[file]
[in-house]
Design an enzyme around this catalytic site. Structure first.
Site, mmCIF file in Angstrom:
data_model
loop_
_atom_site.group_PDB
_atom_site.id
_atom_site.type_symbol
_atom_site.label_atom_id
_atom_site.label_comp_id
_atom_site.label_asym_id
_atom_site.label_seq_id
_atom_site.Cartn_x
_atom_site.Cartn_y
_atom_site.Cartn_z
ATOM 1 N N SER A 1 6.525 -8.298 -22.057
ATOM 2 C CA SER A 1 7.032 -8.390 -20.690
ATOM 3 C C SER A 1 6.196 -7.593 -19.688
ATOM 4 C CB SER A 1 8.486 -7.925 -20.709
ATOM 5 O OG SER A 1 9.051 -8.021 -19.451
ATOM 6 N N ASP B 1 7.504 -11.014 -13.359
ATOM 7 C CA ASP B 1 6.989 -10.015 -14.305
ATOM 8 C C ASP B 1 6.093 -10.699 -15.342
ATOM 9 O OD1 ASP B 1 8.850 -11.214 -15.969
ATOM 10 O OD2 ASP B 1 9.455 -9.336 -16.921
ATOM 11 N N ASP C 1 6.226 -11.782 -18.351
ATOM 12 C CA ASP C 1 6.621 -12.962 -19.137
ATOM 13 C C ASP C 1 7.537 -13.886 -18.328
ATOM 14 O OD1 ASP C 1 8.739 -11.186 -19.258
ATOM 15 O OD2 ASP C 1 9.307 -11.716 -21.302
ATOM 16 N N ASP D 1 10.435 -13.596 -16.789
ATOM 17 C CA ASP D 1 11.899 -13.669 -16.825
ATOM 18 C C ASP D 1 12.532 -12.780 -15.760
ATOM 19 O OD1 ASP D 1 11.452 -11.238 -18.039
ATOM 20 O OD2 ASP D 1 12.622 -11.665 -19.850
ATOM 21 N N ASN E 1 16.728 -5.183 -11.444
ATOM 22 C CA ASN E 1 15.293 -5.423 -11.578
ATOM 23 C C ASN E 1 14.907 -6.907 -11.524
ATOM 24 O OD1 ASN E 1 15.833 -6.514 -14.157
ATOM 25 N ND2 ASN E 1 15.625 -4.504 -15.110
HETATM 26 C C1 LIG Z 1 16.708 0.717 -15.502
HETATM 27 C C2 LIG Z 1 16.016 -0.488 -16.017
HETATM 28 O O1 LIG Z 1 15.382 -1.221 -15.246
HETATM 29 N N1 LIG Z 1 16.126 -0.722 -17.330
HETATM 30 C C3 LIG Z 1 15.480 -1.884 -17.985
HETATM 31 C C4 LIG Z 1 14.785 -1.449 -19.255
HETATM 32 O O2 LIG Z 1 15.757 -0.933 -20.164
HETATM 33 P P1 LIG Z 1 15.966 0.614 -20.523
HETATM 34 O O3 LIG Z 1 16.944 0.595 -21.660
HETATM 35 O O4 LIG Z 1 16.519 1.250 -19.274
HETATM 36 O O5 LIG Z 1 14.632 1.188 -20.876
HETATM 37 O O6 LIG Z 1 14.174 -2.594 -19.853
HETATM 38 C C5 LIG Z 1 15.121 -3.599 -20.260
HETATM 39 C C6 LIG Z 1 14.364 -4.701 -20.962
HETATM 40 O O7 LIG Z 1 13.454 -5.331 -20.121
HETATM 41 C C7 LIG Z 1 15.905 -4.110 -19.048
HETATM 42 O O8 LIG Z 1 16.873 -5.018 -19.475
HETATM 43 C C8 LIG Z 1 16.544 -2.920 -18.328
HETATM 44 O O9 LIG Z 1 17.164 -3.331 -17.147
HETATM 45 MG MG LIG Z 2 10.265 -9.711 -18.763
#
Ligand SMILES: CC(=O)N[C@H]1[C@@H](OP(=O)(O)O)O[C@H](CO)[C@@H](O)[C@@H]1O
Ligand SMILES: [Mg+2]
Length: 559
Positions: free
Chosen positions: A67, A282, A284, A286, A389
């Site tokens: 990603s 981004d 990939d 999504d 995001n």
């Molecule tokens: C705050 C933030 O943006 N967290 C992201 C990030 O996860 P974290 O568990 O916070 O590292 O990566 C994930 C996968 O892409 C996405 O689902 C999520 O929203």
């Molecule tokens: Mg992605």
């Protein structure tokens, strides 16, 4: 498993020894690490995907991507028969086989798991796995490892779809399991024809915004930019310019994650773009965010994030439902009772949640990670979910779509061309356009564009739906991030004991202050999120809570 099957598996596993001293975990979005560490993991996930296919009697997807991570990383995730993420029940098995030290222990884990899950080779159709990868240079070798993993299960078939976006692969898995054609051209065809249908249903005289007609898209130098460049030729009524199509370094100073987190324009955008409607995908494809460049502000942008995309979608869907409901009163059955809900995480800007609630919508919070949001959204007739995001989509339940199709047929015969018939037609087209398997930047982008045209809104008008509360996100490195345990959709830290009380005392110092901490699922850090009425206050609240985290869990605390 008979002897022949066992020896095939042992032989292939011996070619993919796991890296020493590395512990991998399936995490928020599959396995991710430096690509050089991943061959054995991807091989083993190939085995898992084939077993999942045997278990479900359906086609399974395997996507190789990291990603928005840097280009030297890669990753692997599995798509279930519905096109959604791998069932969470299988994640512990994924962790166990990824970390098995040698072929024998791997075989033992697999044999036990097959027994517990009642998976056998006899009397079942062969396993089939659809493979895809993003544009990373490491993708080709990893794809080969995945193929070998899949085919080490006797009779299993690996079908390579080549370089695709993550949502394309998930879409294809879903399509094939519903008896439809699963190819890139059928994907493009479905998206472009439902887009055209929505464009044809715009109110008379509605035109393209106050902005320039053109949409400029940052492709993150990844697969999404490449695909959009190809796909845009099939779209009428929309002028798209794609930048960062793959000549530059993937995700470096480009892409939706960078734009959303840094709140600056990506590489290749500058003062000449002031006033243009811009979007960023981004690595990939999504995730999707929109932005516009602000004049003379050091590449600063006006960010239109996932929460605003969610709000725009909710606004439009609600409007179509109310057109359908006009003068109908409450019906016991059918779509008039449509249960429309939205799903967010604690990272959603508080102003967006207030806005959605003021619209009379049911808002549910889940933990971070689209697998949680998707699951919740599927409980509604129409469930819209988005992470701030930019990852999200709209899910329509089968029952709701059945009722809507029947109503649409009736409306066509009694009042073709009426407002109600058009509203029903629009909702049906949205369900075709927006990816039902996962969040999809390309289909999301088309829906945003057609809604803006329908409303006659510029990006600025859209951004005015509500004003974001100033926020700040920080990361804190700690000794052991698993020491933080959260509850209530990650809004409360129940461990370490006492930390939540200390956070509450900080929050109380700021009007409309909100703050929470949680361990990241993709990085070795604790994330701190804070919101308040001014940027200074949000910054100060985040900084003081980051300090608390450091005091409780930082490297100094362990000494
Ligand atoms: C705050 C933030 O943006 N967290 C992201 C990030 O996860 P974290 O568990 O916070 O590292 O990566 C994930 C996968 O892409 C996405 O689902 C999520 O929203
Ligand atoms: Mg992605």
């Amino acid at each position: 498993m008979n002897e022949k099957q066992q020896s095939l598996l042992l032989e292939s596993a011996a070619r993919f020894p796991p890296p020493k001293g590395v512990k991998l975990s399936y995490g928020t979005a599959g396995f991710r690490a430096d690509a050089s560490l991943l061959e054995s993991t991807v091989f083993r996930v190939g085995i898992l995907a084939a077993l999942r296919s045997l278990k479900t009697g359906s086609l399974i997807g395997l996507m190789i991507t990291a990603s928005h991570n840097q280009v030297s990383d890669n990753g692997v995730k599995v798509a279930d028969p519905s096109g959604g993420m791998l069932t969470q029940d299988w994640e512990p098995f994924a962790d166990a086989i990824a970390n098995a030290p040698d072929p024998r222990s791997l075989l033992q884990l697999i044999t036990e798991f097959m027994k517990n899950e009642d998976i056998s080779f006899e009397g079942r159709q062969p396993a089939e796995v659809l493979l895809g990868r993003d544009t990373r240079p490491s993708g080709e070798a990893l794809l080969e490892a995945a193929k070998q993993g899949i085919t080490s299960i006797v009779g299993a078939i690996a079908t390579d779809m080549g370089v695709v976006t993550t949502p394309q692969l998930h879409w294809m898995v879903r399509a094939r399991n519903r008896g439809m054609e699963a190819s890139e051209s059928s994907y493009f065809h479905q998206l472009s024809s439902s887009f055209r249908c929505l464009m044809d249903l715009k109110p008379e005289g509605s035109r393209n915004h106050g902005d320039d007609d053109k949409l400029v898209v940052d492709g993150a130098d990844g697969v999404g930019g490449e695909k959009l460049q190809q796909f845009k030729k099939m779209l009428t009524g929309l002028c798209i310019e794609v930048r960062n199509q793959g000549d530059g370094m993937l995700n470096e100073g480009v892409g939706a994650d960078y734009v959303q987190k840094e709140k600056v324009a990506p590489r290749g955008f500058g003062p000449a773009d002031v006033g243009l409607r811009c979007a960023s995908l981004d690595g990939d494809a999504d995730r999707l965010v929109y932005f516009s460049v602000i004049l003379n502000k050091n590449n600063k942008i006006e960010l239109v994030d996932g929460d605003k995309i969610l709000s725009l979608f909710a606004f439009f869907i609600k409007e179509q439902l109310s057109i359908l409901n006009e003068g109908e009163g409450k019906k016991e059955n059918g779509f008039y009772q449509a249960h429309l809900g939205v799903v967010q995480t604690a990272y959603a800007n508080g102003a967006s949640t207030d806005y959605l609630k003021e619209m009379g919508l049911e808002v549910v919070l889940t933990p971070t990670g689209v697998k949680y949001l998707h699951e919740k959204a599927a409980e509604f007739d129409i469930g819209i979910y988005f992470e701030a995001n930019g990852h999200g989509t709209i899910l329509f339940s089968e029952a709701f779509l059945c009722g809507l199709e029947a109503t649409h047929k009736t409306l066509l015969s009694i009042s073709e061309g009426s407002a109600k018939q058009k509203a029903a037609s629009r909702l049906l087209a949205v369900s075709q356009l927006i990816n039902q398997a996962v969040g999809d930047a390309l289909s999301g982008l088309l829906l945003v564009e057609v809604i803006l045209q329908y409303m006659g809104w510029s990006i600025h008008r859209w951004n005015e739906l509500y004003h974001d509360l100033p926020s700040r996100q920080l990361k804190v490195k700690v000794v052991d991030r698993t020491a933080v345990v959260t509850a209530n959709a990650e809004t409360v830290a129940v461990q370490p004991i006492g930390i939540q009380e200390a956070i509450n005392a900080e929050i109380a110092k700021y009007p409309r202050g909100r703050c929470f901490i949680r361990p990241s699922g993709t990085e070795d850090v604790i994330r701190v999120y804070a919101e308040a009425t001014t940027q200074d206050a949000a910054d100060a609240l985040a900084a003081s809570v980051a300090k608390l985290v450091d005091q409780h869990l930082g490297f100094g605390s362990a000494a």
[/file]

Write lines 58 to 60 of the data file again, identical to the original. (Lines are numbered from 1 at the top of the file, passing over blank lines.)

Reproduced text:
HETATM 43 C C8 LIG Z 1 16.544 -2.920 -18.328
HETATM 44 O O9 LIG Z 1 17.164 -3.331 -17.147
HETATM 45 MG MG LIG Z 2 10.265 -9.711 -18.763